Faith is who Buffy could have been

Buffy Summers isn't the only Slayer we meet in the series. In Season 2, we're introduced to Kendra (Bianca Lawson), and after her death, she's replaced with the much rougher Faith (Eliza Dushku). As opposed to the disciplined Kendra who treats Buffy's watcher, Giles (Anthony Stewart Head), like a revered elder, Faith is wilder and less disciplined than Buffy.

When Faith first arrives in Sunnydale, Buffy enjoys joining the new Slayer in her untamed revels, but that's before Faith kills a human on accident. That kill — and Faith's attempts to hide it — puts her on a dark path that eventually finds her acting as personal bodyguard to Mayor Richard Wilkins (Harry Groener) — the Big Bad of Season 3. By the end of the series, however, Faith has changed her ways, and she joins Buffy in her fight against the First.

Faith is one of the most tragic figures in "Buffy." While some of the things she does seem unforgivable, the truth is that Faith is what Buffy would be without Giles or her other friends to help and guide her. 

Spike was a fun villain, even when he was neutered

Looking like Billy Idol and feeling a lot more punk rock than the fanatical vampires of the inaugural season, the vampire Spike (James Marsters) proved so popular in "Buffy" Season 2 that he would grow from a minor villain to a recurring villain. And eventually, he'd transform into one of Buffy's allies and even a love interest. In fact, he was so popular that even though he dies a hero in the "Buffy" finale, he's later resurrected to become a series regular on the final season of "Angel." 

Spike becomes something on an unwilling ally to Buffy in Season 4 when the Initiative implants a microchip in his head that stops him from attacking humans. Initially, he helps out Buffy and the Scoobs because fighting other demons is the only violence he's allowed. But it isn't really until Season 7, when Spike regains his soul, that he truly stops being a villain. Until then, he's simply leashed.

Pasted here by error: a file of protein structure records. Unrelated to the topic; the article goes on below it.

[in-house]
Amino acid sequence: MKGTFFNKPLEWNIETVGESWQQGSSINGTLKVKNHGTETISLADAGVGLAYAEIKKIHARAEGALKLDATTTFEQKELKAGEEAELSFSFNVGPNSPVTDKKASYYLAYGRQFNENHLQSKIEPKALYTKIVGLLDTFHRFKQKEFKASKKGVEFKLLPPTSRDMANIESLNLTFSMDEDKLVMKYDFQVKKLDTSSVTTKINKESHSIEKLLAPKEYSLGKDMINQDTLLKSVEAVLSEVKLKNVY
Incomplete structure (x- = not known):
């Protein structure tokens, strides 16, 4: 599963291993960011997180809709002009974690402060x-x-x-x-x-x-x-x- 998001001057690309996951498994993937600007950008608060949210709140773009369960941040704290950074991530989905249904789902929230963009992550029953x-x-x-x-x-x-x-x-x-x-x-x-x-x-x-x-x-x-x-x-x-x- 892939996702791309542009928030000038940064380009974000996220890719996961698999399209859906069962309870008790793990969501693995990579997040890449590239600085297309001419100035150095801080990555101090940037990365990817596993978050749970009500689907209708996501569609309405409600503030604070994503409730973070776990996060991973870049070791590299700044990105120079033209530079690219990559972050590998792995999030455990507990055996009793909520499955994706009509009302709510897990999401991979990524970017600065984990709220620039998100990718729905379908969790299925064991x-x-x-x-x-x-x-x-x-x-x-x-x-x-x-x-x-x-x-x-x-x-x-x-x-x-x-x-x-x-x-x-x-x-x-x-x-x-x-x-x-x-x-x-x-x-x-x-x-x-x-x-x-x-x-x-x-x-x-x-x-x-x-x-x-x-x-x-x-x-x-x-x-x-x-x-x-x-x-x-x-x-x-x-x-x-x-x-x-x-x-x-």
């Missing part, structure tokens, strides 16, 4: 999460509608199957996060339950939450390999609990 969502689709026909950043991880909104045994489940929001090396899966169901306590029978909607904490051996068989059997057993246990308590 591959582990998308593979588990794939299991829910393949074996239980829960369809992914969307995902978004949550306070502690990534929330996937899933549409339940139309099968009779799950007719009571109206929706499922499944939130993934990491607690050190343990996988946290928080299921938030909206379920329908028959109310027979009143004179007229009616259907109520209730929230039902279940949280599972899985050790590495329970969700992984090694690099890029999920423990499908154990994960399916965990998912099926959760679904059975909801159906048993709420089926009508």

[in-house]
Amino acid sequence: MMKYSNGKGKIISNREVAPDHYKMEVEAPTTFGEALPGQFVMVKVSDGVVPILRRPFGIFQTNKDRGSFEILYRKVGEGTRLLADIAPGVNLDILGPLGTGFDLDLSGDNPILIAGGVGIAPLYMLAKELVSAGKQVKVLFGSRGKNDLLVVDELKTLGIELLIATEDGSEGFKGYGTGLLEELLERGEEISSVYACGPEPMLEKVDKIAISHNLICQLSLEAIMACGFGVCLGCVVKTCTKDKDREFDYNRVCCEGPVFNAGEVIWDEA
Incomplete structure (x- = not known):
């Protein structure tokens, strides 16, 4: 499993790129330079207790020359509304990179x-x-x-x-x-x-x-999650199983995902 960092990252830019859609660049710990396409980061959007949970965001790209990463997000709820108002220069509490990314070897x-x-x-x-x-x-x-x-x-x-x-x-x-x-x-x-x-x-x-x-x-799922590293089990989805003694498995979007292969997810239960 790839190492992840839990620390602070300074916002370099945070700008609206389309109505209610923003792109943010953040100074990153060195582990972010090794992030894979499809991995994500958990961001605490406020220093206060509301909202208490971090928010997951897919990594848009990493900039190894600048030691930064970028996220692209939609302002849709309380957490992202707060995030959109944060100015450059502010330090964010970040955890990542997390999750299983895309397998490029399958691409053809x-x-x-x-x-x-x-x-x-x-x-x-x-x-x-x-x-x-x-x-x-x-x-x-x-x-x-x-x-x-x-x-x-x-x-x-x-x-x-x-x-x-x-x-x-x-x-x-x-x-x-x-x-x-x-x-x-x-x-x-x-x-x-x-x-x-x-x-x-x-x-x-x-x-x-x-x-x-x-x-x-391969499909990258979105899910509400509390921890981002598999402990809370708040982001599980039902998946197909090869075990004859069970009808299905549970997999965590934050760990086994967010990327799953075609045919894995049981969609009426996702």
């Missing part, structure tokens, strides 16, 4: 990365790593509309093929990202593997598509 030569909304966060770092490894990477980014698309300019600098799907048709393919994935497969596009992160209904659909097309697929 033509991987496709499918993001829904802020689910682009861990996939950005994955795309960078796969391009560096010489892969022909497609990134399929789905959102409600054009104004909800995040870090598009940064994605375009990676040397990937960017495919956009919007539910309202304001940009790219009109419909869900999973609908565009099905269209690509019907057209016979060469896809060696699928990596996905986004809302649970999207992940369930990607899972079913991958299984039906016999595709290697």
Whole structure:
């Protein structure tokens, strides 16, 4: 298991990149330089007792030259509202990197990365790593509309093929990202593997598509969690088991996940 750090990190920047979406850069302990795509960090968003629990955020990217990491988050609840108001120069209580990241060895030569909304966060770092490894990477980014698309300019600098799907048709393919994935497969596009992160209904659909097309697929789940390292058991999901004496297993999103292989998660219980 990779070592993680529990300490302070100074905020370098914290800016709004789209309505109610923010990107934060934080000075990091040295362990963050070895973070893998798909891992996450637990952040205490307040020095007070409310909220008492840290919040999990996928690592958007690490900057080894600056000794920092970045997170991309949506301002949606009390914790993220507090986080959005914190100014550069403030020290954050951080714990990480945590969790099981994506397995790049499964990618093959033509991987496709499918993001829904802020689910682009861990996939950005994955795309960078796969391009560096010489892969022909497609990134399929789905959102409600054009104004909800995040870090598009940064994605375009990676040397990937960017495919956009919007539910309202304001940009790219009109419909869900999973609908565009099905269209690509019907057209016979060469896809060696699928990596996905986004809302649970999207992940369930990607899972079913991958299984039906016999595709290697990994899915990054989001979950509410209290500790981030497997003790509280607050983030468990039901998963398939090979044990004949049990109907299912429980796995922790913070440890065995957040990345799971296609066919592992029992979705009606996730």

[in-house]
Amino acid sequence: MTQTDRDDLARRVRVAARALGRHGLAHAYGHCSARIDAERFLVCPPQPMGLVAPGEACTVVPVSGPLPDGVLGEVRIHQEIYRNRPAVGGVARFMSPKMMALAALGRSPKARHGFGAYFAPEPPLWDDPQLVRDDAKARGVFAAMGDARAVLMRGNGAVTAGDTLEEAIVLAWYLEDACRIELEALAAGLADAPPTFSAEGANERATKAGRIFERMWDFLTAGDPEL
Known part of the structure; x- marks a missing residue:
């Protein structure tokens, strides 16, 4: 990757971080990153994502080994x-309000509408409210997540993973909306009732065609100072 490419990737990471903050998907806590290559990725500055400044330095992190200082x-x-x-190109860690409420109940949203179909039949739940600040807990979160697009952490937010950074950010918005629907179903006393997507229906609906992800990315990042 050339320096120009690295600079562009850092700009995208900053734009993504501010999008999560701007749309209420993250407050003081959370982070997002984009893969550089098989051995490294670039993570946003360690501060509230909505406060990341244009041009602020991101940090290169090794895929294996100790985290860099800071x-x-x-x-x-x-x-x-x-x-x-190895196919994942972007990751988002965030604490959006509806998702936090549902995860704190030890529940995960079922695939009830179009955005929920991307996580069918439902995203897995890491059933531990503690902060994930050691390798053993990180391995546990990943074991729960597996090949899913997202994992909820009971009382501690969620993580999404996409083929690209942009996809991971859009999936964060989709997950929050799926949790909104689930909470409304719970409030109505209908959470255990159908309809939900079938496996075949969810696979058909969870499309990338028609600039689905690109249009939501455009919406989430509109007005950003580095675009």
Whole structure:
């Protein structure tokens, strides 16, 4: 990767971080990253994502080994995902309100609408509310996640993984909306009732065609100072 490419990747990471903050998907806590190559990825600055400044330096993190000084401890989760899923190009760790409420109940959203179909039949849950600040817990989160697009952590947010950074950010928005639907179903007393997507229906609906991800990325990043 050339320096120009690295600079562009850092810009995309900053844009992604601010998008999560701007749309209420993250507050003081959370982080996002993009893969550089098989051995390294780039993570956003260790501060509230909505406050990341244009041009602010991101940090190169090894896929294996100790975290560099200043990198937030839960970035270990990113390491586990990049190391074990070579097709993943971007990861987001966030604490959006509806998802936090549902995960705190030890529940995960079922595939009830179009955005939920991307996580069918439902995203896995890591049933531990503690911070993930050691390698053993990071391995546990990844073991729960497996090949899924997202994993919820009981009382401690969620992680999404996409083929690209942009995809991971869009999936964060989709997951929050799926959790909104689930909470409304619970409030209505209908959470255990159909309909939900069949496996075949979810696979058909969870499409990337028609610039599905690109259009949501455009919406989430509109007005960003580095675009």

Many of Buffy's best villains came from the Master

What Season 1's Big Bad, the Master, lacks in a creative name, he makes up for in a surprising amount of charisma and humor, not to mention sheer ruthlessness. Far more powerful than most vampires, the Master's bloodline is responsible for many of the Buffyverse's most formidable recurring vampire characters, such as Angel (Dave Boreanaz), Darla (Julie Benz), Drusilla (Juliet Landau), and Spike. 

Mark Metcalf of "Animal House" fame plays the Master, and he actually had more input in the design of the character than you might expect. In a 2015 interview on the "Whedonverse Podcast," Metcalf said that the original plan was for his character to have long, black hair and to have an "angular" look. The actor said he was the one who suggested instead taking inspiration from the 1922 silent film "Nosferatu," whose villain — Count Orlok — was bald with pointed ears like the Master.

Glory is one the toughest Big Bads

Better known as Glory, the hell goddess Glorificus (Clare Kramer) is one of the first Big Bads who seems genuinely unbeatable. Cursed by other hell gods to spend her existence in the vessel of the mortal man, Ben (Charlie Weber), Glory is determined to sacrifice Buffy's sister, Dawn (Michelle Trachtenberg), in order to get herself back to her home dimension. 

As crazy and charismatic as she is deadly, Glory brings Buffy and her friends to the brink like no one before, so much so that toward the end of the season, Buffy does the unthinkable and actually tries to flee Sunnydale with Dawn and her friends. Glory's reign of terror is so complete she manages to give us a preview of another "Buffy" bad guy. In order to have the strength to stay sane, Glory drains the sanity from humans. She uses this ability on Tara in Season 5's "Tough Love," which sends Willow into a rage. Accessing dark books and forbidden magic, Willow assaults Glory in something of a precursor to her transformation into Dark Willow the following season.

The Gentlemen are straight out of our nightmares

Season 4 of "Buffy" is often noted as being one of the weaker seasons overall while including some of the strongest standalone episodes. And the Emmy-nominated "Hush" is a perfect example. When a group of silent demons called the Gentlemen start murdering Sunnydale residents and stealing their hearts, they also release a spell from a magic box that steals the voices from everyone in the town.